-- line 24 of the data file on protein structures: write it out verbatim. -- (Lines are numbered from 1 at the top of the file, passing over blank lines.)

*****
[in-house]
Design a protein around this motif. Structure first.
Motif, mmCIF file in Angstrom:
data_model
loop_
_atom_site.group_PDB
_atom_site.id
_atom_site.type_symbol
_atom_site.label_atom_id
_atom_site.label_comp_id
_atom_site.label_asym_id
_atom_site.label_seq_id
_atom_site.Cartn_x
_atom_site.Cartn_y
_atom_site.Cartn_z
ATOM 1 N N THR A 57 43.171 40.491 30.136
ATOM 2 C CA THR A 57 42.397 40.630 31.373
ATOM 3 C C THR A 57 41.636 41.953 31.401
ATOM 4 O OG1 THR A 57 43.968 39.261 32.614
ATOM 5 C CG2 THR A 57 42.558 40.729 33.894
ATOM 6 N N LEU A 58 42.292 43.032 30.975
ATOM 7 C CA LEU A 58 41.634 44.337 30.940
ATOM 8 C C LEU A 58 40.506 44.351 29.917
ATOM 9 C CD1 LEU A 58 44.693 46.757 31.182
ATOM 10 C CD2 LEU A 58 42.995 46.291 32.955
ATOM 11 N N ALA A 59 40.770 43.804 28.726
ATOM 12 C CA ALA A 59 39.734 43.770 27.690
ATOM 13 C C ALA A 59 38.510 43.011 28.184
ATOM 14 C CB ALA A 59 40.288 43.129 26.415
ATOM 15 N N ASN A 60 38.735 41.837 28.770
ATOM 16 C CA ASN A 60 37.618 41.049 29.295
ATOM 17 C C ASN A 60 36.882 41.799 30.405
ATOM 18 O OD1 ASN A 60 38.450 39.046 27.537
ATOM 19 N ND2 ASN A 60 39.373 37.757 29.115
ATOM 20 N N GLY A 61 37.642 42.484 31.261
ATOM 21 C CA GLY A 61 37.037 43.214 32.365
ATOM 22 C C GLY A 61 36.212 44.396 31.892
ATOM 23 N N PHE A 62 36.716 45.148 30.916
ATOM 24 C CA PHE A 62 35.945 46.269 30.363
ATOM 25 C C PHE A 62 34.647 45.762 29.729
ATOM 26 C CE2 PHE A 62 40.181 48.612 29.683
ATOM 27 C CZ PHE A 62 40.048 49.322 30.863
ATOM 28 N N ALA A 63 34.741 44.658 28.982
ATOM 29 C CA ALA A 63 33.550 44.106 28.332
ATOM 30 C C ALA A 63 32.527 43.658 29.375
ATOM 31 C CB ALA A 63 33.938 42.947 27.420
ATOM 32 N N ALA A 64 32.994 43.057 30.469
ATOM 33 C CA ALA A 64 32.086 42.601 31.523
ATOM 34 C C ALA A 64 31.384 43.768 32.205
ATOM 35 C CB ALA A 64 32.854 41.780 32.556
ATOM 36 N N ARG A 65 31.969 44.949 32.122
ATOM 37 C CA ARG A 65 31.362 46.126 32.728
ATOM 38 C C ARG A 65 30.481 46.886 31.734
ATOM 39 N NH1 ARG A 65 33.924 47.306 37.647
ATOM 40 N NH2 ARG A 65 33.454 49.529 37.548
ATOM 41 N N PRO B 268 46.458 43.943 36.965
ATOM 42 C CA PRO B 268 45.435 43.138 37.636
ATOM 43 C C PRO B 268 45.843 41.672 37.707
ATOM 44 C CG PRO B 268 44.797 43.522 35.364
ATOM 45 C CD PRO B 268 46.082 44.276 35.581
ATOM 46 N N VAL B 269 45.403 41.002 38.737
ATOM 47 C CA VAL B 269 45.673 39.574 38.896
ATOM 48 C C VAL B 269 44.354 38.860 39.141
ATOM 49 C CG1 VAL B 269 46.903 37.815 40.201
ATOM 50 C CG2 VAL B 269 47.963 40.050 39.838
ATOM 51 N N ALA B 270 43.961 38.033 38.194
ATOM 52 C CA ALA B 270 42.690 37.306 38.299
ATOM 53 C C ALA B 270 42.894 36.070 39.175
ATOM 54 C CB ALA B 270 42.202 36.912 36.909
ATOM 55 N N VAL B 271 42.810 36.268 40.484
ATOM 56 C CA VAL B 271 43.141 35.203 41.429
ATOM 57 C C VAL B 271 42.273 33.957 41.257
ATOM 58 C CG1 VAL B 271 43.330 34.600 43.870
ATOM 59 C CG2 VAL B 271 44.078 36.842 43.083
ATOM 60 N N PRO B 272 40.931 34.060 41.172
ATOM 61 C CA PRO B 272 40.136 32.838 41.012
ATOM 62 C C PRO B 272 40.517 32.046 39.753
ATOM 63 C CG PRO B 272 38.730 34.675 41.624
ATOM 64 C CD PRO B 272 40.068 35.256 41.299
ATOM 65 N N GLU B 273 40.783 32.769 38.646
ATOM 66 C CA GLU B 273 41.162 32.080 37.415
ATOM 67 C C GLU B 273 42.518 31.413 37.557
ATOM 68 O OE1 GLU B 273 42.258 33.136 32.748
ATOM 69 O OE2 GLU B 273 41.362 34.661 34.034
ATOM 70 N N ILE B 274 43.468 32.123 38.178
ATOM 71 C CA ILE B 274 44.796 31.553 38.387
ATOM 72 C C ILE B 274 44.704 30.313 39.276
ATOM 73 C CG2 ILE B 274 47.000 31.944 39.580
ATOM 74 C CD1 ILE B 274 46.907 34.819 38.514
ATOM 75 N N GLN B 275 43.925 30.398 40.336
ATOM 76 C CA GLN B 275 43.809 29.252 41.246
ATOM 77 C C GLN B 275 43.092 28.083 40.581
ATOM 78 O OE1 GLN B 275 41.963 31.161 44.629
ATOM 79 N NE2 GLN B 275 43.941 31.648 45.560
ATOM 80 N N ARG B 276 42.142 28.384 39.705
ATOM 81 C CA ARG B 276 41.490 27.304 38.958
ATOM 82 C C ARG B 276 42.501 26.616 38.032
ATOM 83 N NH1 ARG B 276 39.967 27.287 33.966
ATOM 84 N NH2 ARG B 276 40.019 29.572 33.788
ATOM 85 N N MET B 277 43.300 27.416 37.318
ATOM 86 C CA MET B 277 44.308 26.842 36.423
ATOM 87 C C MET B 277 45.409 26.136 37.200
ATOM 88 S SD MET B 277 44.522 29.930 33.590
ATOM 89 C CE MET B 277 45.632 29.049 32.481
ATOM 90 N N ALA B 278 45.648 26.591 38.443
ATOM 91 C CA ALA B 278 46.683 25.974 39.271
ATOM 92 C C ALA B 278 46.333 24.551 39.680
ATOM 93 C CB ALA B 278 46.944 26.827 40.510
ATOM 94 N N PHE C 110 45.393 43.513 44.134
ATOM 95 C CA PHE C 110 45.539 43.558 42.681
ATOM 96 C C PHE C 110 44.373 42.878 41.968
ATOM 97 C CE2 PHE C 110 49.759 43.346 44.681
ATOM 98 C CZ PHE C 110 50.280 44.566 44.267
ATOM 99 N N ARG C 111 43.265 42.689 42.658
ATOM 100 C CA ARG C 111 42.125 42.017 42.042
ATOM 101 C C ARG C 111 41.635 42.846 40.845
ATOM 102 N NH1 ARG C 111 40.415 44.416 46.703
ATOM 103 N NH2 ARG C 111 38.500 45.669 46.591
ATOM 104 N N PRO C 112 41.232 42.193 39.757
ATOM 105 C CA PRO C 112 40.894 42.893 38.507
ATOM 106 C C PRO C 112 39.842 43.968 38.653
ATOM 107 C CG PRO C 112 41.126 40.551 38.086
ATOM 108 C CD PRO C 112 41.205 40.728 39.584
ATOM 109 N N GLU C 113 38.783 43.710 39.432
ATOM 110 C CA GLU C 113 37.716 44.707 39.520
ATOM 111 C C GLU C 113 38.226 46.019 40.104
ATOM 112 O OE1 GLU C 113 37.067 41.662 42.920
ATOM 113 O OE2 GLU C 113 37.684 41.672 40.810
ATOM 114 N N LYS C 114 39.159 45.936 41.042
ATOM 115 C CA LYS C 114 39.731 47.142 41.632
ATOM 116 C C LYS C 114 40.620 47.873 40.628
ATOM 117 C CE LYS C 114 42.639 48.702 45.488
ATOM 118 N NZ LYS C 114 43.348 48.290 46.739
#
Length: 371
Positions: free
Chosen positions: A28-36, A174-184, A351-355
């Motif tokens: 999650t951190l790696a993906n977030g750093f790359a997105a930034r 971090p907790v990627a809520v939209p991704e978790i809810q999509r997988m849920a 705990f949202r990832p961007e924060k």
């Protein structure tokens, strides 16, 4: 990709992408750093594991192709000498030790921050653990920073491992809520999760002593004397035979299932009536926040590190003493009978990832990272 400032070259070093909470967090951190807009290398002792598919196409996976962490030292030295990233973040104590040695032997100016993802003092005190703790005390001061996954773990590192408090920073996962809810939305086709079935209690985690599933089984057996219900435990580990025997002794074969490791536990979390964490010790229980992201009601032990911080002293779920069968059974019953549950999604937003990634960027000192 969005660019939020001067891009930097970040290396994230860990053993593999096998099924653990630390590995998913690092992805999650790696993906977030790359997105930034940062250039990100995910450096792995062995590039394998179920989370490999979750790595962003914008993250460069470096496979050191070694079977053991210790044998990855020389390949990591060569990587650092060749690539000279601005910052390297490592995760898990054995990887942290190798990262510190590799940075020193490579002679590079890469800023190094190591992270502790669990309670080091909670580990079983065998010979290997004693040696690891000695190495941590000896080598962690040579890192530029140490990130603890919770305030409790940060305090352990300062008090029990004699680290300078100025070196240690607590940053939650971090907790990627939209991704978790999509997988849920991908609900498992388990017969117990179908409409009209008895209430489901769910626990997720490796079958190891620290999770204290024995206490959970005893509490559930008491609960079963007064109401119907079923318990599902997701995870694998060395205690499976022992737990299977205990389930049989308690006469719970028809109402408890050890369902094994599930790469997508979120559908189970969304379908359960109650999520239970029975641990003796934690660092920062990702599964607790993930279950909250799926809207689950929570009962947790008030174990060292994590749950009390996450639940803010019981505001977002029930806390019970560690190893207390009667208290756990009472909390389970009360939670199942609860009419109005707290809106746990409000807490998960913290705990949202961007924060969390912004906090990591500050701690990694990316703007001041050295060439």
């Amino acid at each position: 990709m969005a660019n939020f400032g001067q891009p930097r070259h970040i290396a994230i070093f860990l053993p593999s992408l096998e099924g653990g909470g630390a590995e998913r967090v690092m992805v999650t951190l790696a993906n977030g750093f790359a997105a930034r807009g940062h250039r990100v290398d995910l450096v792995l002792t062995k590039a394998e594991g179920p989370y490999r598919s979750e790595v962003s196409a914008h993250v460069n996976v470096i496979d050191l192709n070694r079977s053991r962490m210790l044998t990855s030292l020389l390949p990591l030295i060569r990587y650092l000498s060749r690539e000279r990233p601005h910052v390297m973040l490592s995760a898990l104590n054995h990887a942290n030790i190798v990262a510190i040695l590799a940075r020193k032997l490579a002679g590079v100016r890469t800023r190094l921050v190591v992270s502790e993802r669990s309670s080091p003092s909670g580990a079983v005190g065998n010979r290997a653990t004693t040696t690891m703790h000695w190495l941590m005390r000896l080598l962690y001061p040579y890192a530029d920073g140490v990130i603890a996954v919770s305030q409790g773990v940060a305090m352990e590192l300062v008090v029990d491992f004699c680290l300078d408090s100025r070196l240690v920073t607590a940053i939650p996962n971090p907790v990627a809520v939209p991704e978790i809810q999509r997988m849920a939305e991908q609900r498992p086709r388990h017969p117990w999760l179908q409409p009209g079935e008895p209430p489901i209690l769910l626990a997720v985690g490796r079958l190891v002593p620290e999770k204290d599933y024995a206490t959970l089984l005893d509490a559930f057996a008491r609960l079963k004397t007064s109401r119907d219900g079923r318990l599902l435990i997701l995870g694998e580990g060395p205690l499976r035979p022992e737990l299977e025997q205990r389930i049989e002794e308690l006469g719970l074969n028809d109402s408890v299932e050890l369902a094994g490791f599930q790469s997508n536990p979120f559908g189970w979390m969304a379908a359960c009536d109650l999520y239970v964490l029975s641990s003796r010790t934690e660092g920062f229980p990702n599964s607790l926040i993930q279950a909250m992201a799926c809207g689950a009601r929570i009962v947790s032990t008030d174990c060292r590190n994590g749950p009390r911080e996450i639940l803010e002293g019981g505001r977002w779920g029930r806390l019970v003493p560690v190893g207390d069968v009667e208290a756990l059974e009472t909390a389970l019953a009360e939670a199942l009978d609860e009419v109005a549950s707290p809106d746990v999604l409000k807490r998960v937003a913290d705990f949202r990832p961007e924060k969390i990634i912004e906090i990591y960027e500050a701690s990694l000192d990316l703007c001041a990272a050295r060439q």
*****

ATOM 9 C CD1 LEU A 58 44.693 46.757 31.182